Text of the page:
While I left the bike in “gravel mode,” it is important to note that the Tambora has adjustable geometry to allow it to be used as a true road bike. Stealing the flip chip concept from the mountain bike world, the bike has adjustment points at both the rear axle and the front fork to shorten the wheelbase for narrower road bike tires.

This isn’t necessarily a quick conversion. You’d have to swap tires and add brake caliper adapters, but for the occasional century ride or similar, it might be worth it.

Comes In Several Build Levels

The same Tambora carbon frame comes in several build levels. I’ve been testing the G5 version, which is the base level build, but offers decent parts.

The TRX hydraulic brakes (which have performed well for me) are replaced with brand-name SRAM brakes on the next build level (G7). Both the G5 and G7 have a SRAM Apex 1x drivetrain, but the G5 has an 11-speed cassette while the G7 has a bit more range with a 12-speed cassette.

If you want to go all out, the G8 has a SRAM AXS 1×12 drivetrain and higher-end SRAM Rival disc brakes. It also has carbon wheels for an even faster, lighter ride.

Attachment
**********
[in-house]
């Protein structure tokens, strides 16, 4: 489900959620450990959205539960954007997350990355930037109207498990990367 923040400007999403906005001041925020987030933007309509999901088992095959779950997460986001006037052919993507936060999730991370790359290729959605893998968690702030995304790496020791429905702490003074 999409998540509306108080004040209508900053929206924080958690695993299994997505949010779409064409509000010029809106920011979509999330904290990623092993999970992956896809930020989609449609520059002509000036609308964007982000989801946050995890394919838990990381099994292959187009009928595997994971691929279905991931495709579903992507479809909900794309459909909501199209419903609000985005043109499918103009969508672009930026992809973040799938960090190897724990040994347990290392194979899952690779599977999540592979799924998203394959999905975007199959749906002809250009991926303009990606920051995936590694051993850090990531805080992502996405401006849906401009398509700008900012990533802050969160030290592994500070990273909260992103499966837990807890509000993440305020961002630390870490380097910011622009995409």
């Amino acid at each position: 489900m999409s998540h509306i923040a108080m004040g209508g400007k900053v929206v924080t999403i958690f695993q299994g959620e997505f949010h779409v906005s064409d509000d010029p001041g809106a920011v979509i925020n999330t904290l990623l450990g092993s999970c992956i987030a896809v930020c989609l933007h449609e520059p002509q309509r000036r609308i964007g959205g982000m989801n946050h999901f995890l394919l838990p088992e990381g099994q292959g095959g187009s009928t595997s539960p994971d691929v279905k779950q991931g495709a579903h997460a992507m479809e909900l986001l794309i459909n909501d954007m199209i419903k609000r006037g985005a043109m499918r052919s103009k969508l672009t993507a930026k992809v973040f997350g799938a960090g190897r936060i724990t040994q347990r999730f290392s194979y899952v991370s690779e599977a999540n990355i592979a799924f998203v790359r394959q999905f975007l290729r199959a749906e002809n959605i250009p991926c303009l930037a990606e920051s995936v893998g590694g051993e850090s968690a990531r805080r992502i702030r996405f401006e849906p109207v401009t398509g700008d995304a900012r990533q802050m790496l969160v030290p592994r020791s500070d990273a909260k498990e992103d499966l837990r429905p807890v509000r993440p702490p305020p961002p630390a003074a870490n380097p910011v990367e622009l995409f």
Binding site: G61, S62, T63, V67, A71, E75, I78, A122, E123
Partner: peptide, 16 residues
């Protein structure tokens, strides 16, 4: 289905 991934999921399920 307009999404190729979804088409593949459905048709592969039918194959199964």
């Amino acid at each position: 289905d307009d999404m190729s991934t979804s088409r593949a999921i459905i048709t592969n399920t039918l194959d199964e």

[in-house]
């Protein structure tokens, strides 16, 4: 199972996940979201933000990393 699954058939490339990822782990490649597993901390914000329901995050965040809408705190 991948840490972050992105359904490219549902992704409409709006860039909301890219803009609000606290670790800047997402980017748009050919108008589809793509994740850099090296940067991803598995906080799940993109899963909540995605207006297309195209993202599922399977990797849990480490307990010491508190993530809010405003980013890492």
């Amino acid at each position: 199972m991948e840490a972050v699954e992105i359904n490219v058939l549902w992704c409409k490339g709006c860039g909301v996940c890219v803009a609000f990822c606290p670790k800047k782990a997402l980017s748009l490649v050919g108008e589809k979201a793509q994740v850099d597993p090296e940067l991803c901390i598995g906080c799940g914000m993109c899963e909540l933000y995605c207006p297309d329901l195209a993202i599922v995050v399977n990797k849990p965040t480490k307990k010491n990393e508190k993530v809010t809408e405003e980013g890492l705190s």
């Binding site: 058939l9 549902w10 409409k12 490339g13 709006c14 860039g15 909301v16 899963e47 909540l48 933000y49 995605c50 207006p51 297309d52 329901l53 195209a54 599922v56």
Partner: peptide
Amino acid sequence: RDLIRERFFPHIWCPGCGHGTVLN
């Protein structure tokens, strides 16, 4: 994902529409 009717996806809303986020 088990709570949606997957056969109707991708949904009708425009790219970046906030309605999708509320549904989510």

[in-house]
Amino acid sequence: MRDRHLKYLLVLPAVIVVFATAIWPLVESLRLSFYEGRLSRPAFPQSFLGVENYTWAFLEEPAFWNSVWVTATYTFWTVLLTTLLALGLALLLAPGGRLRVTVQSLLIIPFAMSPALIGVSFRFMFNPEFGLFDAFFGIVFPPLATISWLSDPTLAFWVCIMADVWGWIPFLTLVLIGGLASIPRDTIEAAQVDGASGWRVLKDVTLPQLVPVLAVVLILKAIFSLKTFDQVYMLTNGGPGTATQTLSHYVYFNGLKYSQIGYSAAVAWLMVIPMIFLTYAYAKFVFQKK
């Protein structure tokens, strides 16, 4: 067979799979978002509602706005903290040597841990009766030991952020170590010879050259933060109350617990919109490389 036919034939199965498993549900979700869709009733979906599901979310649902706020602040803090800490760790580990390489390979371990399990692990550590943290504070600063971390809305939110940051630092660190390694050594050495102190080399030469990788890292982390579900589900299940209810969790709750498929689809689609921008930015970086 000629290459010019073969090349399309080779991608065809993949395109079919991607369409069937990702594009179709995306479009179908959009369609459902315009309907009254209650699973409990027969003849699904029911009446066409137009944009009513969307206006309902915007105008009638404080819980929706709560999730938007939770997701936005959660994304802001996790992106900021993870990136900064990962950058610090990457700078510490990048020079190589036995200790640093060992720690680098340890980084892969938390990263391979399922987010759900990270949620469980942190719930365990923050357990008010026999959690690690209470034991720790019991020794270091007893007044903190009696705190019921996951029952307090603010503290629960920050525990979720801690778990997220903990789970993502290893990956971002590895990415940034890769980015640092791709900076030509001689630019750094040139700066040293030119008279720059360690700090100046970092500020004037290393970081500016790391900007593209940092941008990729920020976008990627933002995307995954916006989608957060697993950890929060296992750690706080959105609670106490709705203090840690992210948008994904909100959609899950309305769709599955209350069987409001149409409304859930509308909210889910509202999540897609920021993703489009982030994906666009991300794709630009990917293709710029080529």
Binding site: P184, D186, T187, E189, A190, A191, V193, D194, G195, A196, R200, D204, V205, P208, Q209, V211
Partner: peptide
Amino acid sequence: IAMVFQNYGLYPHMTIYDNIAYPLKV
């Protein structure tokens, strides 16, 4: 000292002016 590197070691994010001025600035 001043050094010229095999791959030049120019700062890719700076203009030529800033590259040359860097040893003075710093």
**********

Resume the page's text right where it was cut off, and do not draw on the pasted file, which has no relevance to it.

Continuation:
But, frankly, the G5 gets you the same carbon frame and fork and the components are all functional. You can always upgrade individual parts later when they need to be replaced. I was perfectly happy with the spec build on the G5 (although as already mentioned, the gearing was a bit stiff for me).

Average Weight

We put the bike (with pedals installed) on the scale and it came in at 24 pounds, 5 ounces. This makes it far from the lightest bike on the market, but it’s certainly respectable. Given the price point, I think it’s a great weight, in fact.

scale showing 24 lbs 5 oz

Lots Of Mounting Points

The Tambora has a TON of eyelets for mounting whatever your little heart desires: water bottle cages, a frame bag, fenders, a rack, you name it. This means the bike is well suited for bikepacking, touring, or long remote rides.

There are eyelets on the seat tube, the top and bottom of the downtube, and the bottom of the top tube. There are also eyelets on the rear triangle for a rack. Notably, however, there are no mounts on the top tube so you won’t be able to add a bolt-on bag there (something that’s become fairly trendy in the gravel world).

Tubeless Ready Wheels & Tires